Two telephone based systems for physiotherapy and occupational therapy have been selected as winners in the 2005 NHS health and social care awards.
OT Direct, a service run by Hampshire County Council, enables service users who require occupational therapy equipment to call a dedicated telephone line where requests are triaged. Those requiring simple equipment such as bath seats and grab rails are able to get advice and make arrangements to receive the equipment without the need to see a therapist.
Brian Pogson, who was the project manager for OT Direct and is a senior IT consultant in IT services with the council, said the project had won the Technology Award category because of its use of the workflow system, Metastorm e-Work.
He told EHI Primary Care: “The workflow system allows call centre staff to handle the requests for the simple equipment and then pass on the more complex cases to the qualified professionals to deal with.”
Since its launch in January 2004 OT Direct has handled more than 21,000 referrals and waiting lists for occupational therapy have fallen by a third. In 2005 the service was also the winner of the Government to Citizen category in the Government Computing BT Awards.
Another award winner in the health and social care awards was Caroline Hodgson, superintendent community pharmacist at Hambleton and Richmondshire Primary Care Trust. Hodgson has set up a telephone based triage service for physiotherapy called Physio Direct which won her the Allied Health Professional of the Year award.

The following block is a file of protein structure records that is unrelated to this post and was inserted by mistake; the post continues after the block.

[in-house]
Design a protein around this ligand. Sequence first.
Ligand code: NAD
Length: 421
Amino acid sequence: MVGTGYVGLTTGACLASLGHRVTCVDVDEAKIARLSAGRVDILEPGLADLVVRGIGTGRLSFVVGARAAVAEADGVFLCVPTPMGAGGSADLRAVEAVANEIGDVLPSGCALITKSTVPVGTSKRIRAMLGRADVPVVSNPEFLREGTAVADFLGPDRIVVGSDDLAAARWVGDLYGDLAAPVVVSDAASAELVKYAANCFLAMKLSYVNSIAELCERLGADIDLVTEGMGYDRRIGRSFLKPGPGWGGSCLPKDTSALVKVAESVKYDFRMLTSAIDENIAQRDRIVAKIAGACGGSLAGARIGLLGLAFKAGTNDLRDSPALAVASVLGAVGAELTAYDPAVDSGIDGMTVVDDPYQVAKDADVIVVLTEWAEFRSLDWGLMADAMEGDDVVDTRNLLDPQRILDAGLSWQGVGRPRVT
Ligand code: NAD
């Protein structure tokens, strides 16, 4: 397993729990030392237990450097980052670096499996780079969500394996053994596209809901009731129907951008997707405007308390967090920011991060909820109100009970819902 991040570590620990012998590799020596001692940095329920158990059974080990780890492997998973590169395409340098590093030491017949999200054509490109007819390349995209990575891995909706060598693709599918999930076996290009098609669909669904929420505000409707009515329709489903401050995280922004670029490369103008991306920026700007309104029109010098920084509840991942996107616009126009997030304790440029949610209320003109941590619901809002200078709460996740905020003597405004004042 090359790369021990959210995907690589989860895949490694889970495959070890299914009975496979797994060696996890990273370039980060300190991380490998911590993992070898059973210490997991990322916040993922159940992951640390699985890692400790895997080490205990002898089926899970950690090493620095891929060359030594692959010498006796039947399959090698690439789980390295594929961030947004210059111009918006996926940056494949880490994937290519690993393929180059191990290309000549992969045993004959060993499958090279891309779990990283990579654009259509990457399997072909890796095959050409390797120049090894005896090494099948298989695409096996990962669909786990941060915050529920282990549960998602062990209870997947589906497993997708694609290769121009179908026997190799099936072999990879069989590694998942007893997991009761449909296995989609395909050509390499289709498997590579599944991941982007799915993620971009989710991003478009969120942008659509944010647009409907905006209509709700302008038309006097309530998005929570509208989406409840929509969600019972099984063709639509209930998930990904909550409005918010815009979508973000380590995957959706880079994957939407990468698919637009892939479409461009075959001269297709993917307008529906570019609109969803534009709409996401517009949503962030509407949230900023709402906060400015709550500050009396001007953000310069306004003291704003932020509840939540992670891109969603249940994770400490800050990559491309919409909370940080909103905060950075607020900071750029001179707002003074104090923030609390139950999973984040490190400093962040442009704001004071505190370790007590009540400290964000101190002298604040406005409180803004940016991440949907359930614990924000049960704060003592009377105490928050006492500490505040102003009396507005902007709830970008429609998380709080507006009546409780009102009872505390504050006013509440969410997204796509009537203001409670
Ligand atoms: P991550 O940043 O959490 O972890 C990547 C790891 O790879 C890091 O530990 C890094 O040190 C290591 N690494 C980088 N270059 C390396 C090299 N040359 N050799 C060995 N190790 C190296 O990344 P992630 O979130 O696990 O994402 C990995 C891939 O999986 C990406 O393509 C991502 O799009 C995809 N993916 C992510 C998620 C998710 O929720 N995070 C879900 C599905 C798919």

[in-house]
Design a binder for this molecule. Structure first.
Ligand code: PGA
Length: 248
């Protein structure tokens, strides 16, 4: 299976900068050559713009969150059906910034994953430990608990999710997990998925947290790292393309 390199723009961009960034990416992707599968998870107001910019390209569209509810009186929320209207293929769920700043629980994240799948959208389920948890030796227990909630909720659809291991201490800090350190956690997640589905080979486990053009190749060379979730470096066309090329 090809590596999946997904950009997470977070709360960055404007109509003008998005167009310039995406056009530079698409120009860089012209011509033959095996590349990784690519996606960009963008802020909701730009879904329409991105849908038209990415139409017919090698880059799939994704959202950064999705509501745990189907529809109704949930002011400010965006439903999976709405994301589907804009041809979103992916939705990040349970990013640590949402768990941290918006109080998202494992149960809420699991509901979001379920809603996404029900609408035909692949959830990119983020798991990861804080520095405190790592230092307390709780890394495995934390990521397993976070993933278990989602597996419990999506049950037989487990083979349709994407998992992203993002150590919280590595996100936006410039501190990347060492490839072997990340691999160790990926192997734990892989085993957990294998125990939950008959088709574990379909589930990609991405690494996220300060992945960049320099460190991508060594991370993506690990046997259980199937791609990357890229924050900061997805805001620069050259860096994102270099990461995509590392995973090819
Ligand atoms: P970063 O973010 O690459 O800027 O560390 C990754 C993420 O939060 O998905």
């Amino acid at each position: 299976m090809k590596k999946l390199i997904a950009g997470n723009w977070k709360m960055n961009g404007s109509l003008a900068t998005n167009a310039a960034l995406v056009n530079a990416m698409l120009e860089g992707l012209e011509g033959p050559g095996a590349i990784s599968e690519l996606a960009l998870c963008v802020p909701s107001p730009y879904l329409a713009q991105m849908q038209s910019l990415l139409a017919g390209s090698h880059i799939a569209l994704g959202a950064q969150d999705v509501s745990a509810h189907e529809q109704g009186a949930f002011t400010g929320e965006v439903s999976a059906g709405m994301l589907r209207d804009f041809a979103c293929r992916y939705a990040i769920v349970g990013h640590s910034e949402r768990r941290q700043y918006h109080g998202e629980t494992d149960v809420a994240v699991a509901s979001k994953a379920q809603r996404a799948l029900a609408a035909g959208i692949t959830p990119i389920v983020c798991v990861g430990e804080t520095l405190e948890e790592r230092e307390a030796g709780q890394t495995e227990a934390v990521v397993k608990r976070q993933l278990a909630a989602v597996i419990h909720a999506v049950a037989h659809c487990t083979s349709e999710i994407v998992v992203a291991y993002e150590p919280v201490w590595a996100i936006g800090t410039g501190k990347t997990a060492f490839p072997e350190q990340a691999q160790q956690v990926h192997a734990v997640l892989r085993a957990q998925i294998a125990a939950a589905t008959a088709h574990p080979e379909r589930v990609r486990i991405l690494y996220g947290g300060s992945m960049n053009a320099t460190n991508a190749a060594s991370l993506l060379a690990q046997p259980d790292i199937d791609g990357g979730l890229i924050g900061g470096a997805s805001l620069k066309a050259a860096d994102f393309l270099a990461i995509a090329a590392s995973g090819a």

Hodgson has led the introduction of Physio Direct which is a telephone based triage service offering assessment, provisional diagnosis, advice and management of musculoskeletal conditions for adults across the PCT.
Patients can self-refer to the service and a total of 69% of those initially contacting Physio Direct are managed without the need for a face-to-face consultation.
Hodgson told EHI Primary Care: “Our area is very rural and this is a very equitable system as almost everyone has access to a telephone. It also means you can get to people very quickly which means problems are less likely to become chronic and need more intervention.”
The winners were chosen from more than 2000 entrants and each of the national winners receives £15,000 to spend on sharing their ideas with others in the health and social care field.